The ‘Lord of the Rings’ Prequel Is Already Beating Every Other TV Show in 1 Big Way

The Lord of the Rings prequel in the form of a TV series is highly anticipated, to say the least. Despite the fact that we’re likely years away from its premiere, the show is expected to be majorly successful in more ways than one. While people are already making comparisons of the show to its likely competitors (Game Of Thrones, namely), there will be no competition in sight when it comes to the budget.

The Lord of the Rings prequel has already beat every other TV show with its price tag. Here’s everything we know about the cost of the series, how it’s marking a new era, and casting speculations that are already forming.

Amazon bought the rights to the TV series

Frodo holds a gold inscribed ring in his hand.
Will this new series be well-received? | Giphy

The Lord of the Rings TV series was on the hunt for a big-name streaming service to team up with “the estate of J.R.R. Tolkien, publisher HarperCollins, and New Line Cinema,” according to The Hollywood Reporter. Though producers approached Amazon, Netflix, and HBO, not everyone expressed interest. According to Deadline, HBO turned down the show due to its “insane” costs, so it was between Amazon and Netflix to offer up some major cash to take on the series.

The show may be more expensive than Amazon is accustomed to, but they decided it was a good investment. They bought the rights, knowing it’s expected to be a frontrunner. After all, they can already expect fans of Peter Jackson’s Lord of the Rings and The Hobbit film trilogies to come along for the ride.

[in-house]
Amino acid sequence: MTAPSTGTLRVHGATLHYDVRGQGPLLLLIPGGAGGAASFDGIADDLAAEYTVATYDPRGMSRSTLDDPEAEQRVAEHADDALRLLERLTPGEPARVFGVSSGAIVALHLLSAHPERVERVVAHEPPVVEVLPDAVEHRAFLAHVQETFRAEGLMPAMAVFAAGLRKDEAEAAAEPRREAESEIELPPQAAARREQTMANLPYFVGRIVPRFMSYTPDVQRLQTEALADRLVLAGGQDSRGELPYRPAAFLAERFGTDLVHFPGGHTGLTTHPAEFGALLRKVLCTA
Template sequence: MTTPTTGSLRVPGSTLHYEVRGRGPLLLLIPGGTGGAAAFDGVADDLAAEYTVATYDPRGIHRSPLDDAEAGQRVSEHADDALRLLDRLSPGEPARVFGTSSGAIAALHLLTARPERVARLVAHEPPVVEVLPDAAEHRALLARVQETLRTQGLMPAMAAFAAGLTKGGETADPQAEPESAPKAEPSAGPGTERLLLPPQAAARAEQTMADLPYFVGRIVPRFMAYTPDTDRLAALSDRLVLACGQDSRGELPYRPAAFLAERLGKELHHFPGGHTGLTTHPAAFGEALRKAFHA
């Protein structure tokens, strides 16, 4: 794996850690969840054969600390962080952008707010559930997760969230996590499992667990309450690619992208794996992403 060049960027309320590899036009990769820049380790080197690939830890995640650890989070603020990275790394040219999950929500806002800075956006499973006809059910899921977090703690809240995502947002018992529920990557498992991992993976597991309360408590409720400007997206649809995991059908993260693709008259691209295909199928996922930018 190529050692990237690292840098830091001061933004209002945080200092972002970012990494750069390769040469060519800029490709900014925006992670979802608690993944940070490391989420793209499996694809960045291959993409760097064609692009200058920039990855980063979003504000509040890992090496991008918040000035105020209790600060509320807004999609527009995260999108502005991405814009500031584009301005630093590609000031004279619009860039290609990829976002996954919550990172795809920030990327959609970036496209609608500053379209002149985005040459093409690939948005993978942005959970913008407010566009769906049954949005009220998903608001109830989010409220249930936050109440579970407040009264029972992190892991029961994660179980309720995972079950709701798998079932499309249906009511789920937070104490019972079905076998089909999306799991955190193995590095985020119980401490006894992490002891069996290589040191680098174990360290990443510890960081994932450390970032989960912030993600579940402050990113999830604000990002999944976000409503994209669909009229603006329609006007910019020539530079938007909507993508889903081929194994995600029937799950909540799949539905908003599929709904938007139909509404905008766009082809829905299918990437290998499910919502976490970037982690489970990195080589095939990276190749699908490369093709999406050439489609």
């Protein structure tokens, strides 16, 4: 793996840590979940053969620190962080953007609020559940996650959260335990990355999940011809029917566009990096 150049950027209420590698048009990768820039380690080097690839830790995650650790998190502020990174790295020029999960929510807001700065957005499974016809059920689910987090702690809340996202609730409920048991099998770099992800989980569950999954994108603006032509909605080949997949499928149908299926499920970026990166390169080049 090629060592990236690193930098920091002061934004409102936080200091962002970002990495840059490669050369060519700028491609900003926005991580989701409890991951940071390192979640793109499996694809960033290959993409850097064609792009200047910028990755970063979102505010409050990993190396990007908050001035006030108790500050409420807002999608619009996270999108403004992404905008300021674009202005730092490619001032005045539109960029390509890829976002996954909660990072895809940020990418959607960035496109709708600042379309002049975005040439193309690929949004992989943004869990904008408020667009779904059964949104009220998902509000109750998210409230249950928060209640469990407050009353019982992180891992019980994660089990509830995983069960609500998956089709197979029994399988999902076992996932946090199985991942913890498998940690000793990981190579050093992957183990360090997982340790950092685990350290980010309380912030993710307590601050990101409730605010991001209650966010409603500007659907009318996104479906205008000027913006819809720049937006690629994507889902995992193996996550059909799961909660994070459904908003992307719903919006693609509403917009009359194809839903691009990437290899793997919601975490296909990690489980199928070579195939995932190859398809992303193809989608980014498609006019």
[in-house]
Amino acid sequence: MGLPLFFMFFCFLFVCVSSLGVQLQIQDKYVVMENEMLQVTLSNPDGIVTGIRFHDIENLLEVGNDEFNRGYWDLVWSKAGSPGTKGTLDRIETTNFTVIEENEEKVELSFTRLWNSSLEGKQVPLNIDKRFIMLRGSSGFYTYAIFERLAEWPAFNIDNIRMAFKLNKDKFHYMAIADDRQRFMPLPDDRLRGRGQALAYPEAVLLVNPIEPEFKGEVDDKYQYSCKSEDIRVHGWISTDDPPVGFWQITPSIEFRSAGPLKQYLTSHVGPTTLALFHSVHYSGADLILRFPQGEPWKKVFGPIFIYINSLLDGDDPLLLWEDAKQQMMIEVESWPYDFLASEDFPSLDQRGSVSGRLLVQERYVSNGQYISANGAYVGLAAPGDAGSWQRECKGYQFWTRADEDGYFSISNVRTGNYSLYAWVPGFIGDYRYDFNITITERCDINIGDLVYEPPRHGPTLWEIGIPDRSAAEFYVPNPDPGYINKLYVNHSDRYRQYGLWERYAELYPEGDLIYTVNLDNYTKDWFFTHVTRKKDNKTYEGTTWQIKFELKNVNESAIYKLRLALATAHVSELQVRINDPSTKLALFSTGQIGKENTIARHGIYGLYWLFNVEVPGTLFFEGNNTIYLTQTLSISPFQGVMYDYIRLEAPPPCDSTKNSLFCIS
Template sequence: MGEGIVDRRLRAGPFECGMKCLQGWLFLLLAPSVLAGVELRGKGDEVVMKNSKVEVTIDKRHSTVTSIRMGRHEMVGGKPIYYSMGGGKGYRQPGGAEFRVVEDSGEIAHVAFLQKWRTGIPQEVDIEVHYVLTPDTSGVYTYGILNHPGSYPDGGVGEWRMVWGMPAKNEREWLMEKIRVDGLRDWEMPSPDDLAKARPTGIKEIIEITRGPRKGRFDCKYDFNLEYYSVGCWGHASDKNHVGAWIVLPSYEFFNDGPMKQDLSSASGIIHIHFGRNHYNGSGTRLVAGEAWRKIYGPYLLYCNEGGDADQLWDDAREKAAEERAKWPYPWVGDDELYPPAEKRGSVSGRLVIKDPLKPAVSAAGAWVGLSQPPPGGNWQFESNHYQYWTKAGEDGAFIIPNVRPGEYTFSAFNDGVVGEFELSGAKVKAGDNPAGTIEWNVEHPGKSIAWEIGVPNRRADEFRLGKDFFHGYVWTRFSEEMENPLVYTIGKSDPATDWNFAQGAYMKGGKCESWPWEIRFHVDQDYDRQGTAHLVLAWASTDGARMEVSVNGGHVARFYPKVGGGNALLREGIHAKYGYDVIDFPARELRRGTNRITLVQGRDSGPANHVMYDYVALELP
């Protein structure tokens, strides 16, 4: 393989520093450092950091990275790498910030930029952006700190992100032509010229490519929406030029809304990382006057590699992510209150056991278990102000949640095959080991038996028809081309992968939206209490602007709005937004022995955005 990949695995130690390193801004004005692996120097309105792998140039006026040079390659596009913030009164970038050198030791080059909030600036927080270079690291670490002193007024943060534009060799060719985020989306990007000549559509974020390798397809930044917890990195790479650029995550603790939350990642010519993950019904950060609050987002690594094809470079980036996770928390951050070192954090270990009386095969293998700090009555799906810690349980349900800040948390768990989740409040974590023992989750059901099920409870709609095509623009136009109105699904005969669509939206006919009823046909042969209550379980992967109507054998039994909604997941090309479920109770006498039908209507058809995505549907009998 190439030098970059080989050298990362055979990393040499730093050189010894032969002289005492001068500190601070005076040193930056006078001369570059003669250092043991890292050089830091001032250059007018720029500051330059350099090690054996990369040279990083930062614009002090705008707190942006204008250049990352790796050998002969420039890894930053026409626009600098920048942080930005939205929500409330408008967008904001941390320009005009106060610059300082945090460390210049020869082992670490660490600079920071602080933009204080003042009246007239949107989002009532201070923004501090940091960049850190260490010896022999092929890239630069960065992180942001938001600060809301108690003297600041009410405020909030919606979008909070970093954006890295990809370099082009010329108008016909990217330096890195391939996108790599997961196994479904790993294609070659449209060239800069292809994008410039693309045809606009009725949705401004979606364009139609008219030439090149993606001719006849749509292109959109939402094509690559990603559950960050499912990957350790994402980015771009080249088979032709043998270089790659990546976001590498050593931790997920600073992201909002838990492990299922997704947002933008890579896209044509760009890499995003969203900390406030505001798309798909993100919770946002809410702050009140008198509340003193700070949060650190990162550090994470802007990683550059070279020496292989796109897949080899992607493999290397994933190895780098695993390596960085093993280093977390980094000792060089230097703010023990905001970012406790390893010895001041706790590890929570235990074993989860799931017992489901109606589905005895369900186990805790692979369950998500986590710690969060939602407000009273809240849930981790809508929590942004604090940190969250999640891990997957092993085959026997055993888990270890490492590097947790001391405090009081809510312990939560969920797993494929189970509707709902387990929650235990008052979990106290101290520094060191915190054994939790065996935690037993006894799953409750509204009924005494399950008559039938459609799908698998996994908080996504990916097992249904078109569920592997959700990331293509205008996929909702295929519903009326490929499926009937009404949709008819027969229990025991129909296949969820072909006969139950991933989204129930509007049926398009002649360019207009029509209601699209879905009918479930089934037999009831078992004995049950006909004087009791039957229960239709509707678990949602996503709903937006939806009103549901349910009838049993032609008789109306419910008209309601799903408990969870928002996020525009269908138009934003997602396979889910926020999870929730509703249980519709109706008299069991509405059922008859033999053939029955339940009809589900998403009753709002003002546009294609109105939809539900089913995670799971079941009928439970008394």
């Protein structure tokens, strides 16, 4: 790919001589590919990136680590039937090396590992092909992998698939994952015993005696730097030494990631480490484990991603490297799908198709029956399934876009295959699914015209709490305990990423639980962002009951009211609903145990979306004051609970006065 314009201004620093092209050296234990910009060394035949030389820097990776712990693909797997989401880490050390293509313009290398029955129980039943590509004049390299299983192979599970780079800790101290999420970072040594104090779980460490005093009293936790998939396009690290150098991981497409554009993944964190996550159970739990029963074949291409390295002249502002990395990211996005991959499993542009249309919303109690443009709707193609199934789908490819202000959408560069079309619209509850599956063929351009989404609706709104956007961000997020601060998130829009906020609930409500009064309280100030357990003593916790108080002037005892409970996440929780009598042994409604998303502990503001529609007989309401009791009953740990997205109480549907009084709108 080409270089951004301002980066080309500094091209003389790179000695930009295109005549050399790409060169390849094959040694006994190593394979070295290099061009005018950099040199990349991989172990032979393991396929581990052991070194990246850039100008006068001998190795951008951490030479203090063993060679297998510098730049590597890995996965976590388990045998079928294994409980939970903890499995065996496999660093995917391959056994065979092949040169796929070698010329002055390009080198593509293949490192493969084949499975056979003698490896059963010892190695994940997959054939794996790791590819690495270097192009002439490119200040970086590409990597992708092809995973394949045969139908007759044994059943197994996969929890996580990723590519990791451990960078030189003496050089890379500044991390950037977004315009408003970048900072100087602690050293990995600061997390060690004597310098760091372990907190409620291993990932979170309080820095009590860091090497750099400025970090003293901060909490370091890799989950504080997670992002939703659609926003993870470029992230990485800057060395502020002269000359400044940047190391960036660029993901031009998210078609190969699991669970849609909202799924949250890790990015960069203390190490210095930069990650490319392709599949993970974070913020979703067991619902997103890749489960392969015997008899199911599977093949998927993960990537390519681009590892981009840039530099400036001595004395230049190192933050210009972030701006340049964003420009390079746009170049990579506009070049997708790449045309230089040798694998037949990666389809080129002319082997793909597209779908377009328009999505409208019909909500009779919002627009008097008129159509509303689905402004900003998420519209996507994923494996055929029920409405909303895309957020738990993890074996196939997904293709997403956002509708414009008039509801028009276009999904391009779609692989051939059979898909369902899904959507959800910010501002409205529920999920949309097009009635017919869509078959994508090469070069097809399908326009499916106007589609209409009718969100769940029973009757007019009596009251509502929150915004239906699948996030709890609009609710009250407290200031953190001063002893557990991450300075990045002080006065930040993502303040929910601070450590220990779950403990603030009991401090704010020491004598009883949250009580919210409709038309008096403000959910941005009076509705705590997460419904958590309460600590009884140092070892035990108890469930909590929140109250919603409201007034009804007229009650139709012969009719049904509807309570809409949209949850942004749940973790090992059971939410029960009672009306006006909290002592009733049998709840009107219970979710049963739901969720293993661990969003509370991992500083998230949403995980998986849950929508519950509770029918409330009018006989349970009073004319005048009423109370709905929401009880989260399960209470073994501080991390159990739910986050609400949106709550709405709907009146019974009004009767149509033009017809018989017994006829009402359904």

Its competitors’ budgets

Darkwater scene from Game of Thrones.
We are hoping to see some Game of Thrones-esque battle scenes in the series. | Giphy

The Lord of the Rings TV series is clearly expected to be just as popular as Game Of Thrones, if not more so, based on the amount of money being shelled out. Every episode of Game Of Thrones requires intricate design and script writing, and as a result, a pricey budget. “Blackwater,” one of Game Of Thrones’ most epic battle episodes, cost $8 million to come to life.

According to Uproxx, “Every episode in [Game Of Thrones’] eighth and final will cost a reported $15 million,” adding up to $90 million for the six-episode season.

Taking that budget into consideration, we dare you not to gasp at the $130 million budget for The Crown’s very first season. The Daily Beast deemed the Netflix series “the biggest-budget TV series of all time.” Well, The Crown can kiss that title goodbye thanks to The Lord of the Rings.

The expected upfront budget

Lord of the Rings characters clapping happily.
This will surely get Lord of the Rings fans excited. | Giphy

According to The Hollywood Reporter, “Amazon’s megadeal for The Lord of the Rings is believed to be for five seasons — plus a potential spinoff — with insiders putting the price tag for global rights at around $250 million.” Yes, $250 million, just for the upfront budget of the show not taking into account any of the numerous costs that will come into play once production begins.